And then there was a comment in a friend’s post that kind of went “Yes MP X is a dick, but if you strip away the derogatory and racist language he may have a point – here’s a website that agrees with me”. I checked website, found it deeply disturbing and inaccurate, thought “perhaps I’m over-reacting” and went to clarify that perhaps the website was being posted as a joke? Got the reply that this person actually believed the site, and so I went in to bat for my fellow humans under seige on the belief that the only way to stop bigotry and prejudice is to call it out.

How did that work out?

Yeah, I didn’t last long.

I tried. I really tried. But when a person insists on an argument being about “them” and what “they do” (implying an opposite “us” who you align with), a rational discussion about the nuances of political and social history, the consequences, and how we move forward together from these acts, probably isn’t going to happen. Not on Facebook anyway. And not when someone is essentially yelling their talking points at you and refuses to consider what you have offered to the conversation as it complicates and contradicts their world view.

Where does this go? Well, on a different friend’s page, I saw this person throw out their talking points again. The same ones, stated in the same manner. I didn’t involve myself again, but I was pleased to see that others had called this person out on it even though they too had never met.

Here’s the thing. These mutual friends did not call out this person themselves. Maybe they do call them out on it, in person (I hope so). Or is it something that they (my friends) tolerate in this person like “oh, don’t worry about Y, they’re always like that we just ignore them”? Which is something I guess we all do in our friends? Having spent so much time with each other we get used to our friend bubble and ignore the casual prejudice that may be funny in a certain context, but isn’t in the outside world.

I live in a nostalgic friend bubble at the moment – I don’t have any friends here in Brisbane, so I only have those that I see online or write letters to. Instead, I’ve had to learn about Beloved’s family and acquaintances. At the start everyone was polite around me (obviously) and then once we got used to each other, they started to relax … and it was then, as an outsider, I saw the bubble – where off coloured jokes fly, but then tip over into casual racism. Nothing big, things lots of people do – complaining and imitating the Indian accent on the other end of the phone and assuming that a thick accent equalled stupidity or an inability to speak English (yes, that got awkward); showing a photo of Chinese students and giving a list of spot the difference (this got really awkward when I was handed the phone and said – you know this is really racist right? By the way, some of my immediate family are actually Chinese).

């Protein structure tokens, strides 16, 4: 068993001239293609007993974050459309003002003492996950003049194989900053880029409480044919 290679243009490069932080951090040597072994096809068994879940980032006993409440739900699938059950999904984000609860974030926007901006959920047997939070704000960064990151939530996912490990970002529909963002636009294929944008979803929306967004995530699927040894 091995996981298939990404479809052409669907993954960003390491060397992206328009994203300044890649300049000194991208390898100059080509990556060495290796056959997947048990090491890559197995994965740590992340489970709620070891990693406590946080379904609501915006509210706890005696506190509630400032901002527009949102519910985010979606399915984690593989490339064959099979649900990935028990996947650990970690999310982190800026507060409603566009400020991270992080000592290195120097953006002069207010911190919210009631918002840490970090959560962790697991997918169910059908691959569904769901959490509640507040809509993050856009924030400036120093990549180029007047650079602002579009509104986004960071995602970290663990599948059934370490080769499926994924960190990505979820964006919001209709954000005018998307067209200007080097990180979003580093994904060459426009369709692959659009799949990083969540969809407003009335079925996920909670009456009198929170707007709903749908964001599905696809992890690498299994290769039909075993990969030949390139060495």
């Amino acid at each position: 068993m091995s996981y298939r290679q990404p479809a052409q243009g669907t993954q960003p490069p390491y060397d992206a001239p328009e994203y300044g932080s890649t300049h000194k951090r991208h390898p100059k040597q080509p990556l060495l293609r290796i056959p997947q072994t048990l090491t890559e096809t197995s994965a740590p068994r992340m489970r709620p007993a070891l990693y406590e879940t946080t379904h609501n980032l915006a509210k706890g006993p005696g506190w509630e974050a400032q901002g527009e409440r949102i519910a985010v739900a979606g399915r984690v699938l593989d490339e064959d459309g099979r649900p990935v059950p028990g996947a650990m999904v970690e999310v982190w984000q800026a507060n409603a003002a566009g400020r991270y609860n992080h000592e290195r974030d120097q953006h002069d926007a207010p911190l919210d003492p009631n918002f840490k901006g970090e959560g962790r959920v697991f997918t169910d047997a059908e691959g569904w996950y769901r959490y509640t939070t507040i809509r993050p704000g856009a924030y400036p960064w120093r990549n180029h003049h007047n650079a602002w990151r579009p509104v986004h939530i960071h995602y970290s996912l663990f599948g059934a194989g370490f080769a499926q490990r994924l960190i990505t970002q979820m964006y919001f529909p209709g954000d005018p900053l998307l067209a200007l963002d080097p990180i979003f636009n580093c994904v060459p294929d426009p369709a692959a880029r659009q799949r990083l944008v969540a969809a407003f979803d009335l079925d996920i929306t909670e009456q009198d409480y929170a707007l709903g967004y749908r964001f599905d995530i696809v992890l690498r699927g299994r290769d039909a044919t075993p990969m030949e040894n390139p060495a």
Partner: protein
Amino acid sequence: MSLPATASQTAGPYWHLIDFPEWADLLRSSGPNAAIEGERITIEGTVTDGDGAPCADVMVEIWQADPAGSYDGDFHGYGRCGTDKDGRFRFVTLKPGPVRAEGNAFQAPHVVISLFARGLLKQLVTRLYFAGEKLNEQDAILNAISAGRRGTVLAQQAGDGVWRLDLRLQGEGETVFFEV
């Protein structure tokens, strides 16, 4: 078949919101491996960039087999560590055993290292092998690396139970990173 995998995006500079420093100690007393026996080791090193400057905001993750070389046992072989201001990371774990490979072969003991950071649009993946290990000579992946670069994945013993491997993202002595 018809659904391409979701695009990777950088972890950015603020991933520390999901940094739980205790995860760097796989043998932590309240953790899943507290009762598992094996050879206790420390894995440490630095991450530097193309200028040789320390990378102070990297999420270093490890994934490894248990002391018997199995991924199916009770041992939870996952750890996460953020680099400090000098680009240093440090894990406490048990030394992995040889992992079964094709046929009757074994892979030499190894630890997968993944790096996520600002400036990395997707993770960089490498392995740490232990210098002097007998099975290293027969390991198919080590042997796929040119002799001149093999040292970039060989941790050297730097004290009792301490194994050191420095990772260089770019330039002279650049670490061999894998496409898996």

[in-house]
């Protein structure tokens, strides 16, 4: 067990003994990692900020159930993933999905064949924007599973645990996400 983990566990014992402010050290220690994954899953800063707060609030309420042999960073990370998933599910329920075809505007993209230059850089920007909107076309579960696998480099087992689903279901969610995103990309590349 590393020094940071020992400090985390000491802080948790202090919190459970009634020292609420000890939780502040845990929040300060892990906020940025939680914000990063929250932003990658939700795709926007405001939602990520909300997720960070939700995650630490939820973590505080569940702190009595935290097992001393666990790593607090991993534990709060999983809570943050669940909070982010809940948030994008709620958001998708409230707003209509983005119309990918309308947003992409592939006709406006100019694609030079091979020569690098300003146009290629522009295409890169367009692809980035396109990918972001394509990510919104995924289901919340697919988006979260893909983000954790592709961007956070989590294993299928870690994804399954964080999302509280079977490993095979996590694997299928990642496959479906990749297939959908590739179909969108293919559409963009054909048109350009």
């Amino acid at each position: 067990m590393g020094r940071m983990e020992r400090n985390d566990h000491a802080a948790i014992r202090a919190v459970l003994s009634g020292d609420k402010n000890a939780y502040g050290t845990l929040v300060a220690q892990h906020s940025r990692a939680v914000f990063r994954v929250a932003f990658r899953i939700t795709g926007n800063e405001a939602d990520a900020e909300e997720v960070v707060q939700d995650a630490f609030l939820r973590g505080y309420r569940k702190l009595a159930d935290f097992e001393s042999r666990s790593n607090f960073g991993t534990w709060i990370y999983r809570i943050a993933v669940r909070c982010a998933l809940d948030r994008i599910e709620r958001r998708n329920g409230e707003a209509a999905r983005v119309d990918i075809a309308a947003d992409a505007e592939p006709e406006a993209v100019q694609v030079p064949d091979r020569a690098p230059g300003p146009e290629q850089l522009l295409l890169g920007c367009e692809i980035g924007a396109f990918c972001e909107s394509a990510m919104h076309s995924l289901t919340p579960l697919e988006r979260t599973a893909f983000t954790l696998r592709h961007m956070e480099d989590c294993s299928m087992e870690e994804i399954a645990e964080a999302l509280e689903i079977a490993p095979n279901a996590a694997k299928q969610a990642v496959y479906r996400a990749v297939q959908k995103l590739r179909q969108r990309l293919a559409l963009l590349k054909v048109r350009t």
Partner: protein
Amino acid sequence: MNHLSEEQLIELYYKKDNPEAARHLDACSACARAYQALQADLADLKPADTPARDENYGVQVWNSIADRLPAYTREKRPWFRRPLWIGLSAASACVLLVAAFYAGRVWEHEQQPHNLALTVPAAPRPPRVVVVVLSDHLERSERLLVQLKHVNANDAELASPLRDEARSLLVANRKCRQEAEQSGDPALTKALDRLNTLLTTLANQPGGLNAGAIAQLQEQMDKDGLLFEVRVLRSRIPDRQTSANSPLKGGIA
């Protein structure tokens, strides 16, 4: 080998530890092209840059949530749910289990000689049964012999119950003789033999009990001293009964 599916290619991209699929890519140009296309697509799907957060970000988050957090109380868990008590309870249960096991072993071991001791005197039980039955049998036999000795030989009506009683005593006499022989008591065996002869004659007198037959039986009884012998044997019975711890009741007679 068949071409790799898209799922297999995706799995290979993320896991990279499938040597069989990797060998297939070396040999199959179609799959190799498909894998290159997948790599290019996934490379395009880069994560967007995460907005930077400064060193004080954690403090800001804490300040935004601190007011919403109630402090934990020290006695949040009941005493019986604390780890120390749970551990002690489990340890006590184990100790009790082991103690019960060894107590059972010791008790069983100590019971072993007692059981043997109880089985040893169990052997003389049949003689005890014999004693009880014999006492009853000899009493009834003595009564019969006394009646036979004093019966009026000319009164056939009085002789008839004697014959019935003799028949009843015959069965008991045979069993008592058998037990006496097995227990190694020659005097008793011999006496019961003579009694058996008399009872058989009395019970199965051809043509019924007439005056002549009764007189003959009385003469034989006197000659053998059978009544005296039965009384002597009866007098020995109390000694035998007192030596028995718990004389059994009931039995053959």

I feel like a party kill-joy. But then I’ve worked with and seen plenty of funny comedians who don’t resort to casual racism, sexism, homophobia, or classism (wow, this is a new one for me but the recession has seen a huge people who are struggling and direct their anger towards people who have even less than they do). I’ve also seen the kind of jokes comedians trade after hours – that shit is all levels of nasty, and I understand has gone in a disturbing direction among the younger comics, which I hope their elders are pointing out isn’t cool …

And that’s kind of my point.

Much like saving the environment starts at home with recycling, stopping bigotry and prejudice starts at home too.

We need to all call out the odd statement of casual racism, sexism, homophobia, transphobia, classism, etc. when we see it with our friends and family.

Now don’t, for the love of god, DON’T tell someone they are being an idiot, or a douchebag, or any sort of name. No one listens when someone is yelling insults at them. Instead tell them that the language they’re using is not cool, and give a counter argument to their beliefs (i.e. “well, wouldn’t you …” or “how would you feel if …” or “it’s a lot more complicated than that and here’s why …”). If they persist in their argument, ask them why they think that, offer up a new perspective, challenge them.

My uncle used to watch Fox News, yes, an Indian man watching Fox News. Worse, a Hindu man watching Fox News and quoting back to me its Islamophobic talking points. So we had a long discussion about the news, how broadcasting is used to sell advertising, recalling times that the news would paint us Indians (regardless of religion) as the “big bad”, and showing him different news sources about the same event – demonstrating how narrative works to tell a particular view point. I showed him Al Jazeera English – and, as it covered more news about India and other countries, he got into it. I hope it’s still his channel of choice as well as watching the BBC or NDTV. During my last visit with him, he laughed at how the different channels were giving their opinion on the same event and he had to piece together the real story for himself. I hope when I return home to him in a few years, we’ll still laugh and debate.

I’ve talked to hockey teammates about equal marriage (easy to do when one was complaining about having to go to her friend’s third marriage and being cynical about whether this one would last); I’ve told an acquaintance that their jokes were sexist (they weren’t pleased, but I didn’t really do it the right way. That said, they haven’t done it again either); I’m trying in my own small way to be the change I want to see in the world.

I’m not doing anything new. But I wonder that if we all had a quiet word with our friends and relatives when ever some casual prejudice slips by that everyone usually ignores (you know, the “old, racist uncle”), we could do a lot towards furthering our understanding of each other as a whole?

The year of ideas: January

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I got through a whole month! A whole month of new ideas!

The shit to not shit ratio is about 70:30 but I suspect January will be the easiest month of them all – more like an emptying of the dusty ideas storage bank. February is turning out to be a lot more frightening, the bank is empty and the shit ratio is looking like 90:10. Gah!

Still, yay January!